Astrakhan, Russia. Naturally, there had existed independent Islamic
structures in Central Asia before, but they were small and
amorphous organizations without any ambitious goals. The IPR had
numerous branches in the country, which promoted the establishment
of other parties and groups, large or small.

The year 1991 saw the establishment of the famous Adolat party
in Uzbekistan, a kind of synthesis of the Soviet Union’s voluntary
people’s patrols and moral police. This party was preceded by
Hezbollah and the long-forgotten Islamic Party of Turkestan. In the
same years, the Alash National Freedom Party was founded in
Kazakhstan, and four Islamist groups emerged in Azerbaijan. In
November 1991, the Islamic Revival Party (IRP) was officially
registered in Tajikistan. The Muslim revival movement was “raging
like high water.”

But the “Islamic Renaissance” proved to be short-lived. In
December 1991, following the first election in newly independent
Tajikistan, the IRP entered into confrontation with the People’s
Front. In 1992, the Uzbek government began to suppress the Adolat
party. Finally, Kazakhstan’s President, Nursultan Nazarbayev,
refused to conduct negotiations with Alashists whom he had labeled
“fascists” in a fit of emotion.

Grapes Of Wrath

The years 1992-1993 marked the beginning of the second stage, in
which the suppression of political Islam intensified. At first, a
few dozen opposition mosques were shut down, and soon the doors of
hundreds of opposition mosques were closed; rebellious Muslim
politicians and clergymen were sent off to prison.

Islamists who appeal to the Moslem religion in pursuing their
objectives went into deep opposition, and more often resorted to
military activities to achieve their political goals. In Central
Asia and the North Caucasus there emerged special training camps
for Islamic fighters. Tajikistan was torn by a civil war.
Nationalistic Islamic movements – “the grapes of wrath” – ripened
in Russia’s Tatarstan region. The first president of the breakaway
Republic of Chechnya, Air Force Major-General Dzhokhar Dudayev,
declared a jihad (religious war) against Russia.

By the mid-1990s, Islamic radicalism became an ordinary
political force in the former states of the Soviet Union. The main
success of the Islamist movement was a peace agreement signed in
1996 by the United Tajik Opposition (UTO) and the government of
Tajikistan; this led to the subsequent establishment of a real
government coalition (however, UTO members reportedly do not feel
at home in Dushanbe’s corridors of power to this day).

The developments in Tajikistan demonstrated that the use of
force alone against radical Islamists may have tragic and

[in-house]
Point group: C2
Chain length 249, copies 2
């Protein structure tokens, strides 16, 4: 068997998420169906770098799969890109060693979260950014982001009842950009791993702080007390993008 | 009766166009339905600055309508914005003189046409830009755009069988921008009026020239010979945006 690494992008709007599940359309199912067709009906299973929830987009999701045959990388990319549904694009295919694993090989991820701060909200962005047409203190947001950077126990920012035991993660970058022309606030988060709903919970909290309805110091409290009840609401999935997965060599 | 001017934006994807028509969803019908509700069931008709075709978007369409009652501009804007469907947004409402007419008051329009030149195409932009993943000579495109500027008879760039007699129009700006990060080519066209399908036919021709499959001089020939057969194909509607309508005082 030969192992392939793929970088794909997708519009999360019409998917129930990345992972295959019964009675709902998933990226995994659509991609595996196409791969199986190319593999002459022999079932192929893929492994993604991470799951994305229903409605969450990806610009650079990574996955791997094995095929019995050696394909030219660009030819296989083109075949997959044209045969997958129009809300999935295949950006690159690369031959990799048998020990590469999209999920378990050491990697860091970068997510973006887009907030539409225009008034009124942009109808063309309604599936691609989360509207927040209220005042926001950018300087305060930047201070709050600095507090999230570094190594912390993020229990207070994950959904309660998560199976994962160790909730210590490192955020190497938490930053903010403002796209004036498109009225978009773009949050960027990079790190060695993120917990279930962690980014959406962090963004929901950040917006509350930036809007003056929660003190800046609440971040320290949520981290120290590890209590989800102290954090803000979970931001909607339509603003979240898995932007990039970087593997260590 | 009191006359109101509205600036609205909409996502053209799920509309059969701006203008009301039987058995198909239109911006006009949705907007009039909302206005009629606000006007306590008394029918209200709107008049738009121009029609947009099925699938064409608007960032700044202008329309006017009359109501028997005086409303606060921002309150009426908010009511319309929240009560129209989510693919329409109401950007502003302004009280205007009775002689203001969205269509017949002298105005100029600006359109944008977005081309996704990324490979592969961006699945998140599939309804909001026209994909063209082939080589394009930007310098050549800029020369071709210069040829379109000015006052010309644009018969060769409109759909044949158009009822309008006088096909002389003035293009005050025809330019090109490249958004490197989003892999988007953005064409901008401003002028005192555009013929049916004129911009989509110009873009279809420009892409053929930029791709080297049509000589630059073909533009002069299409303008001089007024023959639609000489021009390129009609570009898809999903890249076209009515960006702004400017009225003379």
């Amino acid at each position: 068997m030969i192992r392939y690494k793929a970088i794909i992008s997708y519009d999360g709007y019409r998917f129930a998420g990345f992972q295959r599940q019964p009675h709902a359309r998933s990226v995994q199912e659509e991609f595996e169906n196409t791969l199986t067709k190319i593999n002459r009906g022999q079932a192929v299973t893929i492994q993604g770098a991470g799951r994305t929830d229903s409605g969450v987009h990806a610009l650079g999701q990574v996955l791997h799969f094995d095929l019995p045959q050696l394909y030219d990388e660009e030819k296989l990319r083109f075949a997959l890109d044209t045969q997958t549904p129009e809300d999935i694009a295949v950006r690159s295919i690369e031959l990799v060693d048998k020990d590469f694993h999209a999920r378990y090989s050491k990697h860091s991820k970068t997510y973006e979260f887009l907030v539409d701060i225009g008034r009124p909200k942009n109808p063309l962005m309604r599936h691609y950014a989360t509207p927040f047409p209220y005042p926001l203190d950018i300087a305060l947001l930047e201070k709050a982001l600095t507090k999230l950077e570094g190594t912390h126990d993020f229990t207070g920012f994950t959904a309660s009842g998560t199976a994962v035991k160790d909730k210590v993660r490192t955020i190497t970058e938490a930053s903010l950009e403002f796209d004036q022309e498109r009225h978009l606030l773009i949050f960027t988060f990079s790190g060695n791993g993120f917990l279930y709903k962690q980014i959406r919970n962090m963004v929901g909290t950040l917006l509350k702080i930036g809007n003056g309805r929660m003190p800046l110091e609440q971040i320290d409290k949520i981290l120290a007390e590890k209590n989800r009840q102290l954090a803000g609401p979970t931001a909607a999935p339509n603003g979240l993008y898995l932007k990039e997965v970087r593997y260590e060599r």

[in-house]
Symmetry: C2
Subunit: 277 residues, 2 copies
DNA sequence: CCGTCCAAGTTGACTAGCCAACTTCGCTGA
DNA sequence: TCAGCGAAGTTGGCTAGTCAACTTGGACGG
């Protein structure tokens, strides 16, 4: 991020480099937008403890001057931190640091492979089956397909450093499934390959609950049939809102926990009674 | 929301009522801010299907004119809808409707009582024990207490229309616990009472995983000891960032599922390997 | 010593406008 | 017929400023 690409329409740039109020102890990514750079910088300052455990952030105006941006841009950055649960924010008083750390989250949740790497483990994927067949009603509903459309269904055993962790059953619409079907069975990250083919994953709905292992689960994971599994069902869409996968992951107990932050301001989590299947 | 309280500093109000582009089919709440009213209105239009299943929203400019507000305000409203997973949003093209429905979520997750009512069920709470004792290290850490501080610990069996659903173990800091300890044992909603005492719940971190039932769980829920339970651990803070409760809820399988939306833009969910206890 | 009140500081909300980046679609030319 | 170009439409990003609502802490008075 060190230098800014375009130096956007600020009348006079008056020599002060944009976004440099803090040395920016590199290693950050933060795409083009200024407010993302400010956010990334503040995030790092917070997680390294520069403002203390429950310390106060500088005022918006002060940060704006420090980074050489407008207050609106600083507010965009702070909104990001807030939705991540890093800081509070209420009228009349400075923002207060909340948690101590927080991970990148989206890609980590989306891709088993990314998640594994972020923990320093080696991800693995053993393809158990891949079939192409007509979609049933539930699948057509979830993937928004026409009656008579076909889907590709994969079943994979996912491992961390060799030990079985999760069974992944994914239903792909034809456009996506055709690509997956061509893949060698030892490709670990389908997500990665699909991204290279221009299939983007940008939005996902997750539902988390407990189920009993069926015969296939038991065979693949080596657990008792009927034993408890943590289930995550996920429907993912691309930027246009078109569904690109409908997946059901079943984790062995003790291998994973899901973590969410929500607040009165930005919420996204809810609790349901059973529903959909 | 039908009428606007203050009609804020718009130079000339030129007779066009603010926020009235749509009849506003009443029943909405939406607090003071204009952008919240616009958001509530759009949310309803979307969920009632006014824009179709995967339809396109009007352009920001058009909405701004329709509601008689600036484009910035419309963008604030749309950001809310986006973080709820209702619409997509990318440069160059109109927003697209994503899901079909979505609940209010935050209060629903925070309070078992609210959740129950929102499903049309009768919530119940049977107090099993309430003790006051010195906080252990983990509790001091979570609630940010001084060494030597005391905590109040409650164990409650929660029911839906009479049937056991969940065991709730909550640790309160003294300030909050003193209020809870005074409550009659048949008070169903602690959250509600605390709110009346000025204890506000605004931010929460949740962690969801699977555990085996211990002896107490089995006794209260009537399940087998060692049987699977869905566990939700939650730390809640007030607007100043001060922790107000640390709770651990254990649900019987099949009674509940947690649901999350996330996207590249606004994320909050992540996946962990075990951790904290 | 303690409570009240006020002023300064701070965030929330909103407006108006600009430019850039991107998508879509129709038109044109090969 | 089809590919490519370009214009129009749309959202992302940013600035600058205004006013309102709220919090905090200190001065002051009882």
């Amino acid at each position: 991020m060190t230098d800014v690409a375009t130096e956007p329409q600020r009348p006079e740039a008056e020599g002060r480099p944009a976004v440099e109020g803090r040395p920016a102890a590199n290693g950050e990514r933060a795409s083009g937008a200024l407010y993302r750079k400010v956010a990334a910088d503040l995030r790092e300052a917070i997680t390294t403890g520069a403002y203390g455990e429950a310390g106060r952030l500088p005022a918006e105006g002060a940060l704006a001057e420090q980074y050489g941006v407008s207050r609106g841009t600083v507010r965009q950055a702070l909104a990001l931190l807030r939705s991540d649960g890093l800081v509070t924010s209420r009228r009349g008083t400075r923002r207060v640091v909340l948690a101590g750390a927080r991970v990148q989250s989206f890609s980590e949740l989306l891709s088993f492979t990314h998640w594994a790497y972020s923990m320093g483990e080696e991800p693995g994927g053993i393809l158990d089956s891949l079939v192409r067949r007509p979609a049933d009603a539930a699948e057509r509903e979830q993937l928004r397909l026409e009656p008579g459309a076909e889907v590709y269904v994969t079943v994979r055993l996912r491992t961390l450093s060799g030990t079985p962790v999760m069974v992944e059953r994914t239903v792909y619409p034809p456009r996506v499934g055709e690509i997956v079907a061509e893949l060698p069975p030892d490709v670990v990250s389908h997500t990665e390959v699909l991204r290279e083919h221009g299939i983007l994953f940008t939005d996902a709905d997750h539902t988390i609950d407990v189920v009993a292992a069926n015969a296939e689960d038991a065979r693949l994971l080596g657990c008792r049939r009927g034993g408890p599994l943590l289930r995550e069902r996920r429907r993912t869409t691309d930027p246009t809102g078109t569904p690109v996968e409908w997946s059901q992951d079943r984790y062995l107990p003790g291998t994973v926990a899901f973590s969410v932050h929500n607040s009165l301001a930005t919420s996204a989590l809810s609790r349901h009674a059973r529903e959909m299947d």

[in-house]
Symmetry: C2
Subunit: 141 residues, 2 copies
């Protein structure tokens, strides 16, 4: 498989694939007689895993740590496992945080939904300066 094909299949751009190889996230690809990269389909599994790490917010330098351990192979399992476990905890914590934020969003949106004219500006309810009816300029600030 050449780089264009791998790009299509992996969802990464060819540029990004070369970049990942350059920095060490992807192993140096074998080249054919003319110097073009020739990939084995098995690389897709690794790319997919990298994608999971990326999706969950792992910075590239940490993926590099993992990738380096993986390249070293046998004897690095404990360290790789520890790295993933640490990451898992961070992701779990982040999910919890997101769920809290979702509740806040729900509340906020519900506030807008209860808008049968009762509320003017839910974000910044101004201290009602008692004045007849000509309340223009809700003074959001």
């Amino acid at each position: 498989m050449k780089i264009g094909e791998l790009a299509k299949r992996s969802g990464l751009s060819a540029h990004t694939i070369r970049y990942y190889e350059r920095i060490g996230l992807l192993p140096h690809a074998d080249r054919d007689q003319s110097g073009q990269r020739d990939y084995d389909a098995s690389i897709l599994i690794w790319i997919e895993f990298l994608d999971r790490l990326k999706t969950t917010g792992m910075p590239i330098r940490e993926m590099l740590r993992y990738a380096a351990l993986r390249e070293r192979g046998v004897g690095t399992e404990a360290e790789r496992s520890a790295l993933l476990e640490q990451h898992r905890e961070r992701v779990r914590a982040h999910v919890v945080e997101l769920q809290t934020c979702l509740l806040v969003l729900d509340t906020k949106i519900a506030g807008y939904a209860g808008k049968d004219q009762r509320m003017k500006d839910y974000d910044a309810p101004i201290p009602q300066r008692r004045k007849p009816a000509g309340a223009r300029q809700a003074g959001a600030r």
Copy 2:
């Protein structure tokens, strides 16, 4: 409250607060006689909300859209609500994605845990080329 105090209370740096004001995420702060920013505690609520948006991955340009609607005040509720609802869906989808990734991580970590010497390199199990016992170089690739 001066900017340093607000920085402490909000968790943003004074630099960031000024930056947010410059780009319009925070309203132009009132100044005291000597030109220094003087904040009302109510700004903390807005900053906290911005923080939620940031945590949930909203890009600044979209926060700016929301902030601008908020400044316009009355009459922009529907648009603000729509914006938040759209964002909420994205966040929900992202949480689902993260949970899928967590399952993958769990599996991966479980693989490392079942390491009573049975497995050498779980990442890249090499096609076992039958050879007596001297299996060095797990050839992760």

unexpected consequences. It is possible to reach an accord with
them, thus turning enemies into partners, however difficult the
working relationship may be.

At the same time, the civil war in Tajikistan, which took a
heavy toll on human lives (tens of thousands of people were
killed), came as an important trump card for all the Central Asian
presidents. They blamed the outburst of Civil War on their
bloodstained neighbor, whose weak political power had prevented it
from preserving stability, thus forcing it into concessions with
the “children of Shaitan” – fundamentalists.

Some analysts argue that another big achievement of the radical
Islamists was the 1996 Khasavyurt agreement, signed in Moscow.
However, this agreement did not increase the chances for a peace
settlement in Chechnya and was eventually repudiated. Although some
circles described it as a victory for the militant Islamists, one
should not forget that Aslan Maskhadov, who signed the agreement on
Chechnya’s behalf, always opposed Chechnya’s “Islamization” and the
foundation of an Islamic state there. The Khasavyurt agreement
heralded the victory of the Chechen separatist movement, not

The Taliban As An Ideal

The beginning of the third stage can be dated to 1996. At this
juncture, the Taliban rose to political power in Afghanistan. In
Turkey, the leader of the Refah (Welfare) Party, Necmettin Erbakan,
became prime minister. This first victory for the Turkish Islamists
(the second came last year) was a momentous event. If such outcomes
are possible in Turkey (a would-be member of the European Union),
one should not be surprised when and if they happen in Central

By that time, Islamists had become more consolidated and
organized, as well as more experienced, in opposing a government
that totally rejected all compromises. The radical Islamists now
had a territory under their control, which made them less
vulnerable in their struggle against secular authorities.
Afghanistan became an international transfer point for arms
traffickers, and an area where Islamic extremists and their allies
from various countries could freely meet and share their experience
with each other. (In those years, Russian newspapers and television
considered it to be good policy to regularly frighten their
audiences by suggesting “a Taliban invasion of Kazan” or “an
Islamic parade through Red Square.”) Contacts between Islamists in
Central Asia and the Chechen fighters became more and more obvious.
Russian troops identified Uzbeks among the Chechen fighters taken
prisoner, while many Chechens were apprehended in Uzbekistan’s
Fergana Valley.

The establishment of a Taliban regime in Afghanistan had an
immense demonstrative effect on Central Asians: “Look, those people